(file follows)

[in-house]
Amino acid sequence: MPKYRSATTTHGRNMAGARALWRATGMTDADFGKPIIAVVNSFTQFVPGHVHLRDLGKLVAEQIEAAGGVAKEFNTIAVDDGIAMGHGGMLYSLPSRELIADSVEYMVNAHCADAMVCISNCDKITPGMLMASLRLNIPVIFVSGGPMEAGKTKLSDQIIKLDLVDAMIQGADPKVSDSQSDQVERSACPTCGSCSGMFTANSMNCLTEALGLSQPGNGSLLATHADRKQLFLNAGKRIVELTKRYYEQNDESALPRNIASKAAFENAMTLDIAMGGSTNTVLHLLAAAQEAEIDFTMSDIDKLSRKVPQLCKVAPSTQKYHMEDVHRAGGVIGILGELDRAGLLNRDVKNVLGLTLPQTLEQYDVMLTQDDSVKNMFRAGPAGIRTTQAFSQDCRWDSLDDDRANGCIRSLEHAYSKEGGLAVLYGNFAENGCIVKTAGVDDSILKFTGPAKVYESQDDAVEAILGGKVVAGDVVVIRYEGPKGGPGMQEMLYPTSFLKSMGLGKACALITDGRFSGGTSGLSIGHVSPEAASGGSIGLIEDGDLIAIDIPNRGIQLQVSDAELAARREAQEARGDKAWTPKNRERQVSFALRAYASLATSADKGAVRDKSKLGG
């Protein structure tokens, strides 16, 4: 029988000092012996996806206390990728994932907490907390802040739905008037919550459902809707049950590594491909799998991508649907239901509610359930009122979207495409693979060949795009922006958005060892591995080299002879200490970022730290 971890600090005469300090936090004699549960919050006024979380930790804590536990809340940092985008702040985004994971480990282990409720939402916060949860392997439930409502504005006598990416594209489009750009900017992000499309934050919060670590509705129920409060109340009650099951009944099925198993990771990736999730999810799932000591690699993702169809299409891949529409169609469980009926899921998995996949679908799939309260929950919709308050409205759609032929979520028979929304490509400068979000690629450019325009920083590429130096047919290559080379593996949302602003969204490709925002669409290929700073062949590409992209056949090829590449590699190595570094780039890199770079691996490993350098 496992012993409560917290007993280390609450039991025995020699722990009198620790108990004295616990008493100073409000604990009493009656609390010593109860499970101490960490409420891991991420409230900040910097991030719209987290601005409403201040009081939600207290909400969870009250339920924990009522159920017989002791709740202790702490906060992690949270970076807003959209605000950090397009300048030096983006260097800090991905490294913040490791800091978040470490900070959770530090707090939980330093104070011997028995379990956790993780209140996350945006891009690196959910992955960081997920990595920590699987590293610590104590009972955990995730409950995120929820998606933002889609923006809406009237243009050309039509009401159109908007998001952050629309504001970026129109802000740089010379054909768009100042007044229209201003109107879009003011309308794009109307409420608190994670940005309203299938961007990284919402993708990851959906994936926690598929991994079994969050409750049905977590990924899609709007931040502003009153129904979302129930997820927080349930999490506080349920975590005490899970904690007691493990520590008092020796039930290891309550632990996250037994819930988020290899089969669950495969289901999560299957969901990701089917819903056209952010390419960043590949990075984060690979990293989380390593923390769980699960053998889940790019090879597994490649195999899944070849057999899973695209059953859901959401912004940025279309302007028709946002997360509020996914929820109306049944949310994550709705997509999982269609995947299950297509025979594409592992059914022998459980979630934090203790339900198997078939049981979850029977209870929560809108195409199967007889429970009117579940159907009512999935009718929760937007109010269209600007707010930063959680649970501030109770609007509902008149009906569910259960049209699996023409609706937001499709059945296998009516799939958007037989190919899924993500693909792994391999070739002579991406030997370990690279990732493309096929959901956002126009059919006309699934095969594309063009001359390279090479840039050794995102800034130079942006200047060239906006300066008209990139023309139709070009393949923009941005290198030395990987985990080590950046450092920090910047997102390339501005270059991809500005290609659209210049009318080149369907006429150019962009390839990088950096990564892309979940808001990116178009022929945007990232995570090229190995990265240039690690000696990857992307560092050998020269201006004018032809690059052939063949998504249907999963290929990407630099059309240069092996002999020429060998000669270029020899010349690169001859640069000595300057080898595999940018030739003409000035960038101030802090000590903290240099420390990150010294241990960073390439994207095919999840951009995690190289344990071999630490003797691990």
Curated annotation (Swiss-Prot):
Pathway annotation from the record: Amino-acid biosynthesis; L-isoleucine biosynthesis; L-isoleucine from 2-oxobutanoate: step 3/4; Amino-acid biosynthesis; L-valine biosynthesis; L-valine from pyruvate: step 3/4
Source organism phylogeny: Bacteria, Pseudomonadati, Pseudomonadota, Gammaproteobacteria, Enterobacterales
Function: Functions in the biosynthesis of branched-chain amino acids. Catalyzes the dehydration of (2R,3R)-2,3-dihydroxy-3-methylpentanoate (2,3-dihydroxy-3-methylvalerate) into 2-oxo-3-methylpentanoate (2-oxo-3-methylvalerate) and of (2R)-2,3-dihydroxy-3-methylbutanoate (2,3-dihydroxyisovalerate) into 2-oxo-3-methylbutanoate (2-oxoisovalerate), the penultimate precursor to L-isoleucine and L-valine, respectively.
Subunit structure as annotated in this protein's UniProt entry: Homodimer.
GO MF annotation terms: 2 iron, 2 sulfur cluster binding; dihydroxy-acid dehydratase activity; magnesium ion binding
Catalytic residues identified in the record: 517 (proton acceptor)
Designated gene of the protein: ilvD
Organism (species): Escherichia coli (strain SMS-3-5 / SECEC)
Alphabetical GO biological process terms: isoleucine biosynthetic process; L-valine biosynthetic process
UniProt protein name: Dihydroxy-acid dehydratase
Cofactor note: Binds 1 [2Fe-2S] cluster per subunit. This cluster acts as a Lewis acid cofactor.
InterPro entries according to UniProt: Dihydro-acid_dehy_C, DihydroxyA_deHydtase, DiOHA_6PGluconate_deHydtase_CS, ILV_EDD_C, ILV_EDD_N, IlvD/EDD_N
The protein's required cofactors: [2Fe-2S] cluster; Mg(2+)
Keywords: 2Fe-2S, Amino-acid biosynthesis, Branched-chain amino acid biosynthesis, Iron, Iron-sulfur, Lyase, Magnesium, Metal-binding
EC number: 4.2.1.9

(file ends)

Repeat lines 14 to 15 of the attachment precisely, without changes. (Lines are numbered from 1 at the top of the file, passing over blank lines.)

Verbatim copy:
UniProt protein name: Dihydroxy-acid dehydratase
Cofactor note: Binds 1 [2Fe-2S] cluster per subunit. This cluster acts as a Lewis acid cofactor.